A Bit More Geometry...

Discussion in 'Track Racing' started by Snicks, May 9, 2011.

  1. Snicks

    Snicks New Member

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    So, I've had a look around the net but I can't seem to find anything definitive - could someone explain to me bottom bracket/crank clearance for a track bike, and how this differs from road. I was considering possible converting a TT frame that I have (so it already has horizontal dropouts) to use in IP's, but am unsure as to how the clearance for the bottom bracket, and thus whether or not the crank/pedal would work for this. If anyone could explain a little further - i.e. minimum clearance required etc etc that would be awesome...
    P.S. Should it matter, almost 100% of my time I will be riding a 250m track :)
     
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  2. alfeng

    alfeng Well-Known Member

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    FWIW. This is NOT definitive ...

    If you are planning to use your TT bike on a track -- presuming the track operator allows it -- then you may find yourself quickly moving as many of the components (crank + possibly the wheels) to a "true" Track frame sooner rather than later ...

    Most Track frames exhibit the design legacy established decades ago ...

    • The REAR dropout spacing is generally 120mm. Your TT bike undoubtedly has 130mm rear spacing ... although spaced for a 120mm rear hub, it appears that the single-sided MICHE Track hub (at least, the one that I have which is gathering dust) can be laced symmetrically for a 130mm spaced frame because the flanges are set slightly wider apart ...
    • Surly makes Flip-Flop hubs for various width dropouts (and therefore, wider chainlines) ...
    • The "standard" Flip-Flop hub seems to be designed for a frame with 120mm rear spacing
    • Most older Freewheel hubs can be used for SS applications -- either Freewheel or Fixed Cog

    I believe that the Bottom Bracket is almost always higher on a Track frame -- that is, expect a BB "drop" of about 55mm (+/-) ... you quickly can identify this comparatively minimal drop by the almost horizontal rear chain stay (a vintage 26" 3-speed and/or 26" Hardtail will have a similar chain stay angle).

    Unless you get some really short, Circus-Clown cranks, then your pedals will probably interfere with riding anywhere on a track except closer-than-not to the line painted on the inner edge of the track.

    The head tube angle on a Track bike is usually about 74º ... much steeper than I believe the angle of your TT frame's head tube. For simply riding around the track, the angle probably isn't a factor, but once you get into strategic riding, it probably makes a huge difference.

    Your track's operator can elaborate.
     
  3. Snicks

    Snicks New Member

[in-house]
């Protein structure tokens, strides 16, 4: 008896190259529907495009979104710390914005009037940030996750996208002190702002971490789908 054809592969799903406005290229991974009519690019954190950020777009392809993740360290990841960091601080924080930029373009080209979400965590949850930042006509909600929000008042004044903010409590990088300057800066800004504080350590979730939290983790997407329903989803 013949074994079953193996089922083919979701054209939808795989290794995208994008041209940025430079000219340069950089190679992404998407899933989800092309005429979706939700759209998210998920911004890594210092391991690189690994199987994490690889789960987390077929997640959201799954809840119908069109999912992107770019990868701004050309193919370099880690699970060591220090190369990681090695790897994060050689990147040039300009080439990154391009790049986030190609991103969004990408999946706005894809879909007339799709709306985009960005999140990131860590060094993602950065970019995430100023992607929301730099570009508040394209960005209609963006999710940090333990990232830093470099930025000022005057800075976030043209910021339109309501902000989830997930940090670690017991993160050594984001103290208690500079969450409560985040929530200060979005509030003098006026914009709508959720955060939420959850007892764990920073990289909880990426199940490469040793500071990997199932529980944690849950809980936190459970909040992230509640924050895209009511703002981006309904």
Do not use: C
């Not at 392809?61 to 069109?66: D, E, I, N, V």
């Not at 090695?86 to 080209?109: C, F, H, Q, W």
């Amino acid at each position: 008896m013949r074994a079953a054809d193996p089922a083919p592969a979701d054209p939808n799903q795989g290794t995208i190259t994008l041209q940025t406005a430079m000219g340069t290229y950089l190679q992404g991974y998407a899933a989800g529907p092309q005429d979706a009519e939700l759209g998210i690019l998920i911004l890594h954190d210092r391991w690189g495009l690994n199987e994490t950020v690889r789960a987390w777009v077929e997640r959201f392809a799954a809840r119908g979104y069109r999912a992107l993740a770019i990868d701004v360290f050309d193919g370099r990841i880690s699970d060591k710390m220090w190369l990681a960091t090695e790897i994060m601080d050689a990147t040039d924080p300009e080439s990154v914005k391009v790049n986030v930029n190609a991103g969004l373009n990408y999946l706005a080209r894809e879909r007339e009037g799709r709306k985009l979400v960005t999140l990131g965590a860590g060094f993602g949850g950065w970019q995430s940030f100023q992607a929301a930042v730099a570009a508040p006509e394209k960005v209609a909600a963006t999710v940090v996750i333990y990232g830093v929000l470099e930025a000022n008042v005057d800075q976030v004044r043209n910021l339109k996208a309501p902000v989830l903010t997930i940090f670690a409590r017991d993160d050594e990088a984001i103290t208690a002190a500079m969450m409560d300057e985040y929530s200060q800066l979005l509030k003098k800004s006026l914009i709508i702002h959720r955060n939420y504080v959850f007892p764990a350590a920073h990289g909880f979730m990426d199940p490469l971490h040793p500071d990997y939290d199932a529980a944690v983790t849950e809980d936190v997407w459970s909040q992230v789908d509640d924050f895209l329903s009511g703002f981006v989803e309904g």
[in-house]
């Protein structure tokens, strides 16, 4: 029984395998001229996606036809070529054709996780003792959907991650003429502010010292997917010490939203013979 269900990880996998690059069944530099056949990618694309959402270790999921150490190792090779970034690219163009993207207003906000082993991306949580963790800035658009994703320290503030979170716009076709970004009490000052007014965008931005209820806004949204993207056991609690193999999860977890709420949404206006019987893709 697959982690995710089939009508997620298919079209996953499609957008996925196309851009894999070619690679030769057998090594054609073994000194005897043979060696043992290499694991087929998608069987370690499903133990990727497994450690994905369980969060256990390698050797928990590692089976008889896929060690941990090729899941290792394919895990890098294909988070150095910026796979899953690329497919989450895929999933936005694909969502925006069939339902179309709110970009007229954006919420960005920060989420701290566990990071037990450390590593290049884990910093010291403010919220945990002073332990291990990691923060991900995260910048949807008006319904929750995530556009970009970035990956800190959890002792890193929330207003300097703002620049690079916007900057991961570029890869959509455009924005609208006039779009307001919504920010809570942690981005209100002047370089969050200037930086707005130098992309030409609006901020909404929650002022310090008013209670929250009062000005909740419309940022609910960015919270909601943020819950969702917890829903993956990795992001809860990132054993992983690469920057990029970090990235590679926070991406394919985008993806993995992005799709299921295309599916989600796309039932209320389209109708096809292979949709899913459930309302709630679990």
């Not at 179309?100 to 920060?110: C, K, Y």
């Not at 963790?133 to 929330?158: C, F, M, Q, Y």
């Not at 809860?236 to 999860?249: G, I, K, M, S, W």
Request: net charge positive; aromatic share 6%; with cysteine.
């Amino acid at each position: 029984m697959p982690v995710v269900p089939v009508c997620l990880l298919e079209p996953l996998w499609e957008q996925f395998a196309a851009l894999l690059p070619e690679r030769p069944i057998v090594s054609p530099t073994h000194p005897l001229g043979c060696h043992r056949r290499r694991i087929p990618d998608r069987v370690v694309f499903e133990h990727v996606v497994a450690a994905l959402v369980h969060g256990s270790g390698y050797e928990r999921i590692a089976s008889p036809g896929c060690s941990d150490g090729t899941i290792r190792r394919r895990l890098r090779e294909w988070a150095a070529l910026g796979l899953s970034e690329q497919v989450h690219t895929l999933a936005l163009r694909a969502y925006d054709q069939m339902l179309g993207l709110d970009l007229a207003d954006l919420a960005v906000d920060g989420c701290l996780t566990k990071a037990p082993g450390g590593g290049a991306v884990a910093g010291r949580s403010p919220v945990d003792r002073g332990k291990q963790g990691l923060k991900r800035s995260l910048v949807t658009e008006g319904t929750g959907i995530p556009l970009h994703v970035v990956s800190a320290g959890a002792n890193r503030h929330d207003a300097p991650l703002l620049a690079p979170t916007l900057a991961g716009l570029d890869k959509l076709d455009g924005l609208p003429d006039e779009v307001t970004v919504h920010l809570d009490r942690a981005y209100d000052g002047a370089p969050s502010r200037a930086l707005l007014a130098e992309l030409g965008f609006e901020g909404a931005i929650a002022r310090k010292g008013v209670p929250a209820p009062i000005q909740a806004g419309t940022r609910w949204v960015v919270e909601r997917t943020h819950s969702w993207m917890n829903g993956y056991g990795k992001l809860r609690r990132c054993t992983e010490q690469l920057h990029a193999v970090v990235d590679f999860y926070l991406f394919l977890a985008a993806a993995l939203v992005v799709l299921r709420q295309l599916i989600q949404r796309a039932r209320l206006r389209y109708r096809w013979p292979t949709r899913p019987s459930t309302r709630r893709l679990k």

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    Okay, no problems thanks for the help guys. I think my biggest issue, as you have said alfeng will be finding a rear wheel where spacing will be appropriate... Hmmm will look into it...
    Though geometry otherwise shouldnt be an issue - as it is I'm only planning on using it for IP, and my TT position is already very very aggressive (one of the perks of being young i suppose) Thanks for the help but guys, will look into it...
     
  4. alfeng

    alfeng Well-Known Member

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    BTW. Because a rear "track" hub will have a solid axle, if you can achieve a satisfactory chainline with your cosmetic choice of which shoulder you mount the chainring on (you can, BTW) with a standard track hub, then you can simply put a 5mm spacer between the cones & nuts on each side of the hub to accommodate the 130mm rear dropout spacing ...

    • It appears that many people put their chainring on the inner shoulder to achieve a straight chainline
    • you do not have to dish the wheel symmetrically, so that is an option, too
    • except for the hollow axle & quick release, you could use most vintage Freewheel-type rear hubs (e.g., a Campagnolo Nuovo Record rear hub)

    FYI. The SURLY hubs which have wider flanges result in the Cog-or-Freewheel being mounted more outboard than on a traditional "track" hub ... mostly, I think they were originally (?) designed for SS MTBs which have aluminum frames but there may have been another reason ...

    You will have to ask your track's operator if a front wheel with a quick release is acceptable, or not.

    There are 3/32" track cogs available ... but, you'll probably want to use something more robust (and cheaper) than a 10-speed chain.
     
  5. keyon

    keyon New Member

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    he purpose built track has been engineered in Germany by Velotrack, the team that built the velodromes for the Atlanta Olympics and the Delhi Commonwealth Games. The Red Bull Mini Drome track will maintain race-worthy
     
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